Tips for choosing your Bridal Party
Remember when you were little and you thought, when I have my dream wedding I am going to have 12 bridesmaids in big puffy pink dresses, and they are going to fall at their feet and serve me on my big day. Fast forward to reality. Do you have 12 friends/family that you would like to have in your wedding? Pink is very 1985 (which is when you were probably planning that wedding)
There really are no etiquette rules how to choose your wedding party. It is a process that can strain friendships and hurt feelings. It's not easy, especially when you have a large social circle. Below are some 'guidelines' that you might find helpful during the process.
- Siblings. I had both my sister's in my wedding, but I adore both of them (even though they are polar opposites) so you may want to consider your siblings if you are close
- Friends. All of your friends will expect to be asked. Of course, this is not possible if you actually want to have some people sitting in the congregation. Who are closest too? Who were the first ones that you wanted to call when you got engaged? Just because your friends are not in the wedding party it doesn't mean that they cannot attend the bachelorette party or the bridal tea. They will love being included without the expense!
- Soon to be in-laws. Don't feel like you have to include them. Don't pass over a good friend to have your finance sister in the wedding if you are not particular close. Ask her to perform a reading or act as a greeter while your guests assemble for the ceremony.
- Married Couples. Just because your fiancé will be his best man, it doesn't mean you need to include his wife or girlfriend in the wedding (this works both ways) - in fact if they have small children, it's probably best that one is not in the wedding.
- Children. This is tricky. I don't think that children under 3 should be included in the wedding party. They are too young. They can be included in the pictures and even listed in the program as the 'ceremonial' ring bearer or flower girl.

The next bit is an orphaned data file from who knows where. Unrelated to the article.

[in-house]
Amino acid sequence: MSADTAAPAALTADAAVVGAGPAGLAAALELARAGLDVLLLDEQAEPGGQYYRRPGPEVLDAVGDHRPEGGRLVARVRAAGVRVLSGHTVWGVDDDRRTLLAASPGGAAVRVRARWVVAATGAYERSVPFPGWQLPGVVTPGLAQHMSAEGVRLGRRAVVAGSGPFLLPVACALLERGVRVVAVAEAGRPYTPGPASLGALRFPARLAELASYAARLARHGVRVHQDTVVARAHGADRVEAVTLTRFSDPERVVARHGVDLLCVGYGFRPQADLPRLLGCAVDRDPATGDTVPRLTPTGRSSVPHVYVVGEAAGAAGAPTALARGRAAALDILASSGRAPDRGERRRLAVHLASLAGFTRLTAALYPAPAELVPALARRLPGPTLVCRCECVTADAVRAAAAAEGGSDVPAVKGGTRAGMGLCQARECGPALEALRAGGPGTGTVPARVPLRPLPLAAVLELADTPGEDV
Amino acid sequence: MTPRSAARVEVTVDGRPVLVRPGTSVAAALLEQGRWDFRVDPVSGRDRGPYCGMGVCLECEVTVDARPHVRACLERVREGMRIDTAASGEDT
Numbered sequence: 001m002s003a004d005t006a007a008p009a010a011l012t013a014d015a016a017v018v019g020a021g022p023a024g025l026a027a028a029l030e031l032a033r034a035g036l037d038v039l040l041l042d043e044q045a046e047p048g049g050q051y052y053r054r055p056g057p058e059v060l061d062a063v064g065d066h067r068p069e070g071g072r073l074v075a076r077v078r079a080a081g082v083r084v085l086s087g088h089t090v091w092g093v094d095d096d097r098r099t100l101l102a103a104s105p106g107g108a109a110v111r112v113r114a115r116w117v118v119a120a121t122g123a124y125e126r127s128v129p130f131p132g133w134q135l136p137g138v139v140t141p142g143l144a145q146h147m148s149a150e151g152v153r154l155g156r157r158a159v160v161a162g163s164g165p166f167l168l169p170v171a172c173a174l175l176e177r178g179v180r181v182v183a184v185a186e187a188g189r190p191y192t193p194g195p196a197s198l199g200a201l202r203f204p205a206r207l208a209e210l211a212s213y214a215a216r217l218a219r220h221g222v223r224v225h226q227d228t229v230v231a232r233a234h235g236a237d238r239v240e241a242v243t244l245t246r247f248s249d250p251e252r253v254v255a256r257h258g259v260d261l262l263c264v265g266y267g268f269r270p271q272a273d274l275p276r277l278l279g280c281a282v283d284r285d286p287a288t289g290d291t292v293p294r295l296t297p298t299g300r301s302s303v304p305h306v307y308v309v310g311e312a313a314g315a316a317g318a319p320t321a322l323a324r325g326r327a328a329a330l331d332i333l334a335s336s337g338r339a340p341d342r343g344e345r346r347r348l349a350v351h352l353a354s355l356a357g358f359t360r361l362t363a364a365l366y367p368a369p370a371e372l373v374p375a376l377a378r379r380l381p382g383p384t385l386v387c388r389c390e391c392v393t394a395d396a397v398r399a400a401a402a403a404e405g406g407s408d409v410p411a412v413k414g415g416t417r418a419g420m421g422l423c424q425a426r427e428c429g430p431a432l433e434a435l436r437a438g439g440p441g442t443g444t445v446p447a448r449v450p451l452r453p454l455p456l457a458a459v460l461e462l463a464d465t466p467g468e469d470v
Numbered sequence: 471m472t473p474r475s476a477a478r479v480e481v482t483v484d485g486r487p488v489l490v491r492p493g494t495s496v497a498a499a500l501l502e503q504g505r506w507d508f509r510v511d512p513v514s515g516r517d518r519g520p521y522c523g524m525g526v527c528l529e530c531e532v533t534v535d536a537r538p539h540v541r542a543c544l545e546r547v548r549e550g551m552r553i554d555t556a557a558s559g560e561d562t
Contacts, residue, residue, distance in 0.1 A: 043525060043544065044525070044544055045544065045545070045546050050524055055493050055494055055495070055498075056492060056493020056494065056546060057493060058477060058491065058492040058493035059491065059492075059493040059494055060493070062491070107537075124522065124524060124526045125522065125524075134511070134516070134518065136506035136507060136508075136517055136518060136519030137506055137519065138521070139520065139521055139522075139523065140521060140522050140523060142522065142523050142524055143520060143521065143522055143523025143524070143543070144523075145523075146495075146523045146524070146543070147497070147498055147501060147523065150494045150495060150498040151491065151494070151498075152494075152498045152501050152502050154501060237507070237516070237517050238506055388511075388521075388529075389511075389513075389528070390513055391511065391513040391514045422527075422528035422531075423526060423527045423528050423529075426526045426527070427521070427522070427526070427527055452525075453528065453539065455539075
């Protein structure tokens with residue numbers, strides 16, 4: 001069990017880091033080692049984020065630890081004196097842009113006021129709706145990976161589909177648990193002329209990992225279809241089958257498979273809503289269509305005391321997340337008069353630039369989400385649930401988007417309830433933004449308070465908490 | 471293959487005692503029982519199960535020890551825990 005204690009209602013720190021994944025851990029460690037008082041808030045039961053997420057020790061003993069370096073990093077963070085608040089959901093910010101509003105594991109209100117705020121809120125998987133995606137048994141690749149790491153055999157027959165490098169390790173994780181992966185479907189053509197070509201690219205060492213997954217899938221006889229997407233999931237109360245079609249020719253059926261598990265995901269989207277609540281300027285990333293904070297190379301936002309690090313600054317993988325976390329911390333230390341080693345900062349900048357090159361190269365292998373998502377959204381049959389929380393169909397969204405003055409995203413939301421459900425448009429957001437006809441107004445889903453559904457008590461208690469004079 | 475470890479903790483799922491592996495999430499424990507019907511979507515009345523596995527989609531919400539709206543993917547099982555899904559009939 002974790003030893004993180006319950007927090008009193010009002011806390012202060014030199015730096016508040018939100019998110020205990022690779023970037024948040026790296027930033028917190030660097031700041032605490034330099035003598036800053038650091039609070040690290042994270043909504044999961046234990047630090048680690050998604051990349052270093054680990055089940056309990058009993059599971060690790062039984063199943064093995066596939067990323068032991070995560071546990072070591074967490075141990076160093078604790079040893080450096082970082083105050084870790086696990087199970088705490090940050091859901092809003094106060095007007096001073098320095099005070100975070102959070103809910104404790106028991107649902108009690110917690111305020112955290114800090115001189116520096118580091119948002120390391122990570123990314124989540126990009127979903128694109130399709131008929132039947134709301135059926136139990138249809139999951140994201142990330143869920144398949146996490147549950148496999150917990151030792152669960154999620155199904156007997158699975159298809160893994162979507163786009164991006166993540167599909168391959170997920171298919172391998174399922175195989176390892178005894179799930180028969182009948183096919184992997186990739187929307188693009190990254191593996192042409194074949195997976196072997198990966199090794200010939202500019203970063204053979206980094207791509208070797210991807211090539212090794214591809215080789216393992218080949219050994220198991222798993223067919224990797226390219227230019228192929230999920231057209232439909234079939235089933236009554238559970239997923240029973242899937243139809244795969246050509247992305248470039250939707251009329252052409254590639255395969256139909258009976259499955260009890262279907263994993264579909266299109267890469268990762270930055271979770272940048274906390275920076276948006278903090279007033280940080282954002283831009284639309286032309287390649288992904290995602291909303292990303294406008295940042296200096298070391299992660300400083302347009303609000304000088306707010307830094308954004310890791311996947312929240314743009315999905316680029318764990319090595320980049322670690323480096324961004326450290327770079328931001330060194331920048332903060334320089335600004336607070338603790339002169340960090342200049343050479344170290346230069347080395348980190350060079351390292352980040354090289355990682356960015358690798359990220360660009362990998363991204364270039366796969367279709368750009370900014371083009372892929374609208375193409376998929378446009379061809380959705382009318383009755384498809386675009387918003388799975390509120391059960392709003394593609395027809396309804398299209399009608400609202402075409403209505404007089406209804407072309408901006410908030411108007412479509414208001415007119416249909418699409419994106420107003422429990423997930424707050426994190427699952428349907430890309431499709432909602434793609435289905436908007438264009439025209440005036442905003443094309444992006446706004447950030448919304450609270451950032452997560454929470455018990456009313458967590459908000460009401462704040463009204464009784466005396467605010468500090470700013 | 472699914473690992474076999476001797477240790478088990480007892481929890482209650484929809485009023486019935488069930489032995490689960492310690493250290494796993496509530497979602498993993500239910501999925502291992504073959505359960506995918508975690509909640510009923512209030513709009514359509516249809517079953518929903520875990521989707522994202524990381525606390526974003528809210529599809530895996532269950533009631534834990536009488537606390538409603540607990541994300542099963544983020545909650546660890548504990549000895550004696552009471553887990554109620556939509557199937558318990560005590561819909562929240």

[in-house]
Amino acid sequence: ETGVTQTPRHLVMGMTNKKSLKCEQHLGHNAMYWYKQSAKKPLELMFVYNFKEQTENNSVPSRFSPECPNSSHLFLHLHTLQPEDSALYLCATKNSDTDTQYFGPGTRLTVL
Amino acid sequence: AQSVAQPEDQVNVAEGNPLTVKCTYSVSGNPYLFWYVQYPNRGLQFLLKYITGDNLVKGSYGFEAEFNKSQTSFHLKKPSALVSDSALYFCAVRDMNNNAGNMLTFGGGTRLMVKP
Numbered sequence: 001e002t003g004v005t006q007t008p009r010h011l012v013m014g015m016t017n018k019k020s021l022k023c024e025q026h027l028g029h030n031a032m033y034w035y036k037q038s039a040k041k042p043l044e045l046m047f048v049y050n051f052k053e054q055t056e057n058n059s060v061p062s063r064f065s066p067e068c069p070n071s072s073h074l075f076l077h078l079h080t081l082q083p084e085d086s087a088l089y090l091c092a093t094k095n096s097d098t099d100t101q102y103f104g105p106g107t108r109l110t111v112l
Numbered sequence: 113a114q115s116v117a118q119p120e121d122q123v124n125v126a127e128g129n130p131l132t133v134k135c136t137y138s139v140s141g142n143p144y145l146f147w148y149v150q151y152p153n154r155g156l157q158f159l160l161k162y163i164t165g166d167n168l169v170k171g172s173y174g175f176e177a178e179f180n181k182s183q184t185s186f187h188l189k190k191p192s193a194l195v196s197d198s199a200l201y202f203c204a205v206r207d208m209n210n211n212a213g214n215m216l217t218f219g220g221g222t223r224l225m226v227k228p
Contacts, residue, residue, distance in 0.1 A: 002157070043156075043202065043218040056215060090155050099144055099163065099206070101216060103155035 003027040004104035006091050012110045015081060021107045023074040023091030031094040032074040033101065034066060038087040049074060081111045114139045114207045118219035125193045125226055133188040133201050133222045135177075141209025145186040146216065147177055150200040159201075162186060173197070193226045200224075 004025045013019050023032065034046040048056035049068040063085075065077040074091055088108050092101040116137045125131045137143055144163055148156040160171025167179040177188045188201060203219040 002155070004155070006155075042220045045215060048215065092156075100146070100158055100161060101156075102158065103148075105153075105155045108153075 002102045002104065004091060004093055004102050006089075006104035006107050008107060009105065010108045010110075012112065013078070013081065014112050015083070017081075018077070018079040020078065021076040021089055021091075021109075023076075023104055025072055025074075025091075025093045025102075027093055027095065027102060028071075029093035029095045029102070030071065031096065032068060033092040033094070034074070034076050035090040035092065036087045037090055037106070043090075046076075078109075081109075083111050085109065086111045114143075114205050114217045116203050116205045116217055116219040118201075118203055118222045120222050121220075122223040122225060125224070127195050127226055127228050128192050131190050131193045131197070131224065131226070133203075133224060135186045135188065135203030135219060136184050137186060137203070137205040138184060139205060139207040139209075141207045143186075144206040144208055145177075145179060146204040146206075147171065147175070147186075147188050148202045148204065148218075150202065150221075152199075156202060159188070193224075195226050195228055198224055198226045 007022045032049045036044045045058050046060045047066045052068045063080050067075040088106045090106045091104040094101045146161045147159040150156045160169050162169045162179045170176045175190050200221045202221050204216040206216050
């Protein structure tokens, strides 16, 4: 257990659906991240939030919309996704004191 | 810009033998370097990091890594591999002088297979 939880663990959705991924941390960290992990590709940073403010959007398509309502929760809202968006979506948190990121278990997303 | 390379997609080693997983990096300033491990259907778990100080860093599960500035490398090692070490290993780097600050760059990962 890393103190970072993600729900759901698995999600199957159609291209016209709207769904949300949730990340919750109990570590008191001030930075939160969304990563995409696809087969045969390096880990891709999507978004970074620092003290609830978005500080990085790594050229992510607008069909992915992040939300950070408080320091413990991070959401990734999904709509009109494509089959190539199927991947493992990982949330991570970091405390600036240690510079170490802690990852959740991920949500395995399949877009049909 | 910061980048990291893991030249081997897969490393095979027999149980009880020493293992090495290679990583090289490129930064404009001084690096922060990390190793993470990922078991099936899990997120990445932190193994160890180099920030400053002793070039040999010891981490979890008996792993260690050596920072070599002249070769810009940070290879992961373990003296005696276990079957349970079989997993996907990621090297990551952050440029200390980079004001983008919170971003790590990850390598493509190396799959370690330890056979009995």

*One more note on ring bearers and flower girls. They should not actually carry the rings, and they should be seated with either one of their parents or their grandparents during the ceremony, they will be more comfortable (and entertained) and less likely to steal the show!
How to ask someone to be in your wedding?
I would invite them out of drinks or lunch and ask them. Please make your intentions clear. Do you expect a bachelorette party in Vegas? Where will the wedding by held? Out of town? Make sure that you set expectations, that way if it is something they don't feel comfortable committing all that you expect, they can be up front with you.
If they decline to be in your wedding, don't take in personally. These days people don't always have the means to be in a wedding, with all the dresses, travel, and gifts that it involves. Give them a hug, and order another drink. It also doesn't mean that she doesn't want to go with you when you try on dresses, or help you with your registry, include her as much as you can!
I hope this helps, gives you something to think about as you make these decisions. As always, please feel free to drop me a line with any questions or concerns that you have during the planning process. Also, I have some great ideas on my Pinterest boards, held over there and check them out!